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Chipotle cultivates brand message with festivals

Chipotle cultivates brand message with festivals

Co-CEO Steve Ells says fourth annual Cultivate Festival builds on marketing efforts

Chipotle Mexican Grill will hold its Cultivate Festival in Dallas-Fort Worth area for the first time on on Oct. 18, building on its message of sustainable and healthful food with a free daylong celebration of celebrity chefs, educational exhibits, local vendors and music.

“This event was always meant to be something that travels around the United States,” said Scott Robinson, manager of national events for Denver-based Chipotle.

The Cultivate Festival is in its fourth year and has been held in Chicago, San Francisco, Denver and Minneapolis so far. The coming festival on Oct. 18 is the ninth event.

Dallas was among the five cities chosen for the festival, Robinson said, because “it’s a very strong Chipotle market. And it’s a growing Chipotle market.”

With between 20,000 and 30,000 attendees at each event, Robinson said the company has found that a large share participate in at least four of the five educational exhibits, which feature Chipotle’s short films on food and the environment, the company’s use of “responsibly raised” pigs, fresh versus processed food, information on GMOs and scratch-made guacamole.

Hear more from Robinson about the festival >>

Chipotle incentivizes attendance at the educational exhibits by offering stamps at each. When attendees get four or five stamps, they earn a card for a free burrito, bowl, salad or tacos at a Chipotle restaurant.

“We get almost 70 percent participation,” Robinson added. “That means 70 percent of roughly 25,000 people are coming to four out of five of the experiences.” That starts conversations and engages customers with the brand’s message, he added.

Chipotle co-chief executive Steve Ells said in a July 21 second-quarter earnings call that the company’s Cultivate Festival and short films are part of a marketing program that looks “to draw people into the conversation about food and where it comes from in a way that makes them more curious about the food they eat.”

Ells added that Chipotle’s research showed that “an overwhelming majority” of attendees would attend the Cultivate events again.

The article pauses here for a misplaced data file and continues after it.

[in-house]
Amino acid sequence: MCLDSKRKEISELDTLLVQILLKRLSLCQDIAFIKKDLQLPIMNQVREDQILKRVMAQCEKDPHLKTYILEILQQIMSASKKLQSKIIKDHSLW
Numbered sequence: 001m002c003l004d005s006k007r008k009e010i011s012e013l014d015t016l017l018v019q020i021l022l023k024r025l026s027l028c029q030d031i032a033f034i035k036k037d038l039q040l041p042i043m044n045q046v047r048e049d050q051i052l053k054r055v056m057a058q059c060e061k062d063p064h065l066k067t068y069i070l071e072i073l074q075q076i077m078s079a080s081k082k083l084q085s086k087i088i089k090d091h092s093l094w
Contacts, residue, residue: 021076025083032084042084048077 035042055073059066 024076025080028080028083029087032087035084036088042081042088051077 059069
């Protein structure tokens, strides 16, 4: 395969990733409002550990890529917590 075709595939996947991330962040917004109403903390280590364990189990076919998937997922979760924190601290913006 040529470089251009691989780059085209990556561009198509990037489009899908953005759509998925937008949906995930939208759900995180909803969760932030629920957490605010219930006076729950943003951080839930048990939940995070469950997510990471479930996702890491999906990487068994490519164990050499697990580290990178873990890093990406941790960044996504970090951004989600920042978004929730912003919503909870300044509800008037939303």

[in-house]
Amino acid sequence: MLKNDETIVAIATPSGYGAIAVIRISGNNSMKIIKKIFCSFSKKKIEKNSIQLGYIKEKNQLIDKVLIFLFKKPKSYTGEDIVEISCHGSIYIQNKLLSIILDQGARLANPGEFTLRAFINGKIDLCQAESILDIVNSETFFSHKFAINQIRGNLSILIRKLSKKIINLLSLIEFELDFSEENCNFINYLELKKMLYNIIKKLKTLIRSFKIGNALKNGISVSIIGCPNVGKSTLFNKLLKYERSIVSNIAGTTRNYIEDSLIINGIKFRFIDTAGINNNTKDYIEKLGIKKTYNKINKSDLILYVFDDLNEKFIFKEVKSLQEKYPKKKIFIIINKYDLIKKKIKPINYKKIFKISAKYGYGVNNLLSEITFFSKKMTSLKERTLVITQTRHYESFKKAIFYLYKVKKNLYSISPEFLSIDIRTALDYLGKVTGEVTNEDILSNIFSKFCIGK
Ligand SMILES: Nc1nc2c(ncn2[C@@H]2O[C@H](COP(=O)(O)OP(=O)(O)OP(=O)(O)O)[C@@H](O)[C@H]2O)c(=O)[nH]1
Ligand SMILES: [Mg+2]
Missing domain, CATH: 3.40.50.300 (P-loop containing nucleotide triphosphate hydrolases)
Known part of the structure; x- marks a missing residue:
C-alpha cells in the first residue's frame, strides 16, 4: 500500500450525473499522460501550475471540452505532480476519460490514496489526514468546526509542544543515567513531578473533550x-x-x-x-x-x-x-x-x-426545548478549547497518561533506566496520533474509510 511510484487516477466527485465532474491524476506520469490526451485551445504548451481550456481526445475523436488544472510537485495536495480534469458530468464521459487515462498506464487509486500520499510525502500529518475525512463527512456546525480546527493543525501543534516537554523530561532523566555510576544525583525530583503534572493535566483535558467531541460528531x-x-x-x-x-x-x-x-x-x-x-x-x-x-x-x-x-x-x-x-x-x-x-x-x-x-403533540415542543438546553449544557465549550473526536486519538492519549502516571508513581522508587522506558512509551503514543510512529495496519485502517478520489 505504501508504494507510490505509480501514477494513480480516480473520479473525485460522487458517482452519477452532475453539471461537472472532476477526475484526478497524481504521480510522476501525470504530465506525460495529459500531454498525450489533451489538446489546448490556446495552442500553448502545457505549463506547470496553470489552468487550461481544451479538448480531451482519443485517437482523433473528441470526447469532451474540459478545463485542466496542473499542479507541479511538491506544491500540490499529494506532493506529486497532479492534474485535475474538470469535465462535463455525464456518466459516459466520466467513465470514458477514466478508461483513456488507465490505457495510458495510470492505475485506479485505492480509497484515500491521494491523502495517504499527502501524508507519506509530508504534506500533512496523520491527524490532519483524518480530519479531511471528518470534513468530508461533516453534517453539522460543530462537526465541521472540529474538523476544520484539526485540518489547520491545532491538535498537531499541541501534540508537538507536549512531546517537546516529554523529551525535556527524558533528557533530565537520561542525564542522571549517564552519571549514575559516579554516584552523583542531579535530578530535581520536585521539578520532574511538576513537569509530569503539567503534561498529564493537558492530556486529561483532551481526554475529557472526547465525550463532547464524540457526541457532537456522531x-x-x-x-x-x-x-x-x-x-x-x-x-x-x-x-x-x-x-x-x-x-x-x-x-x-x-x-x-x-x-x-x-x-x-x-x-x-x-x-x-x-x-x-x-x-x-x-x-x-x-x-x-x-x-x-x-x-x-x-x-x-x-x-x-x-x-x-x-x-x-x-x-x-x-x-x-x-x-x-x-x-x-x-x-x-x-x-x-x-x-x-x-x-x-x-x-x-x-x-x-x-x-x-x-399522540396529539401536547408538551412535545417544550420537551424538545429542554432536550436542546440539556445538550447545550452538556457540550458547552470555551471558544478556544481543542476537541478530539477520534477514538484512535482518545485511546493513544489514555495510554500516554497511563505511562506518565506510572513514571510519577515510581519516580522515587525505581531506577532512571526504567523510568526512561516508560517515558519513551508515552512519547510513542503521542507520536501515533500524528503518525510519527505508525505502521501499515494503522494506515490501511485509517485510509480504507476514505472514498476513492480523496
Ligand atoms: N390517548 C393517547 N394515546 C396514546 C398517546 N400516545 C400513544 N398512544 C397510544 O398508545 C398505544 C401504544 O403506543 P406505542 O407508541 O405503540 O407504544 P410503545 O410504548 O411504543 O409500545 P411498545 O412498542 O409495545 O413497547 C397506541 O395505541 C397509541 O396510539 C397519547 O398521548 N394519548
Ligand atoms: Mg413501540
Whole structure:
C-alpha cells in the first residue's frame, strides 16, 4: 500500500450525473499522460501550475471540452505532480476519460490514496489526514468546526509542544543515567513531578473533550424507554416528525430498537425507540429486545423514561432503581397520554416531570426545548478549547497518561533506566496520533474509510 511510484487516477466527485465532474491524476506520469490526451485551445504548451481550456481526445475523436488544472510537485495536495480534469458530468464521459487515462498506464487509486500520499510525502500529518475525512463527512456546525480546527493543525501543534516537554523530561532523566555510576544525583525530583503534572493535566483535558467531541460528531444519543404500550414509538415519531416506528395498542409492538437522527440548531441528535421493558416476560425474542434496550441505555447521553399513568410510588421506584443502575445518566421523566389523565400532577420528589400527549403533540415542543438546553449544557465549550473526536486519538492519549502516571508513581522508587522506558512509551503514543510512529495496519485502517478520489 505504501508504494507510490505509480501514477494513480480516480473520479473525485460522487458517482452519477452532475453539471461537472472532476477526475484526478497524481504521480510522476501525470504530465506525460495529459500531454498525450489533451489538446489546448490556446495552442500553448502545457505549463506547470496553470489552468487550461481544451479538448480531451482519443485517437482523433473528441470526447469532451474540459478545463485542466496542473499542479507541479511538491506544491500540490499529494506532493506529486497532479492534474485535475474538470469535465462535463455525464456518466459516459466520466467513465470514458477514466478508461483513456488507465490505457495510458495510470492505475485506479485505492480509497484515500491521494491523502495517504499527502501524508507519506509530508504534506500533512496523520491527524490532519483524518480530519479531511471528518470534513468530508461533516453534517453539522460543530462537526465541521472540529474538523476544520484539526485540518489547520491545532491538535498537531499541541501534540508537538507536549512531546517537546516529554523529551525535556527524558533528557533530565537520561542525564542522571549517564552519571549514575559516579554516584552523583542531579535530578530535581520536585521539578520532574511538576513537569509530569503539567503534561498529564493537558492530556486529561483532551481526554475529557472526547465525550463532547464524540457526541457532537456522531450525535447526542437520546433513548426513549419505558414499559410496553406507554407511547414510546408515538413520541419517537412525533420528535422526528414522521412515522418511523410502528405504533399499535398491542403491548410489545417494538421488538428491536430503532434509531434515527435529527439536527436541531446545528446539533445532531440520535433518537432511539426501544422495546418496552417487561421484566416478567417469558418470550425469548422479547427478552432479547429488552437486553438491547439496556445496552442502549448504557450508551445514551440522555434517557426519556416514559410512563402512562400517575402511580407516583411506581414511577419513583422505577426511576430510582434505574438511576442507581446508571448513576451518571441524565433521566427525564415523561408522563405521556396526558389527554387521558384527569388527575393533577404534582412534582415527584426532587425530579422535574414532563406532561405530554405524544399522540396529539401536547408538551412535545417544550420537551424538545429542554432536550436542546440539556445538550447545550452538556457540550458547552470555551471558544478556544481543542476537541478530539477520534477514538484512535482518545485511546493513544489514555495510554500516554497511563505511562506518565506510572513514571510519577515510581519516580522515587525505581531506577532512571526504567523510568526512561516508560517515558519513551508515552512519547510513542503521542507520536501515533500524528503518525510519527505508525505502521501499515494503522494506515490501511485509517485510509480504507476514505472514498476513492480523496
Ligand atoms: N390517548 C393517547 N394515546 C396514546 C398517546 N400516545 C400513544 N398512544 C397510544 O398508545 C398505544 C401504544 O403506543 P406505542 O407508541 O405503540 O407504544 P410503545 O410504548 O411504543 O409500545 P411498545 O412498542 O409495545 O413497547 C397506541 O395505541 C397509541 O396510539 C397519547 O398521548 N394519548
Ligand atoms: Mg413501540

“As part of our larger marketing program, which also includes traditional advertising and local market programs, this approach is helping us build our brand in a more unusual way than traditional fast-food formula which relied heavily on price promotions, limited time offers and other gimmicks to bring customers in,” Ells said.

“We believe that our approach to marketing helps us build a deeper relationships and loyalty with our customers rather than just driving transactions in the short-term,” he added.

The Cultivate Festival also amplifies Chipotle’s traditional advertising, Ells said, which is “focused on communicating the use of better quality, responsibly raised ingredients that are prepared with care.”

Chipotle communications director Chris Arnold said in a statement that “Cultivate allows attendees to interact with chefs, farmers and vendors — all while sampling foods exclusive to the festival.”

The event also features food — an added charge for between $5 and $7 — from ShopHouse Southeast Asian Kitchen, Chipotle’s eight-unit concept in California, the District of Columbia and Maryland.

“Dallas is home to the South’s first Chipotle restaurant, which opened more than 15 years ago,” Arnold said. “Its vibrant food and artisan community offers a solid foundation for an event like Cultivate that celebrates great local and artisanal foods while helping people understand how food should be raised and prepared.”

Chipotle, which debuted in 1993, has more than 1,700 restaurants. The company is also an investor in the two-unit Pizzeria Locale concept.

Contact Ron Ruggless at [email protected].
Follow him on Twitter: @RonRuggless

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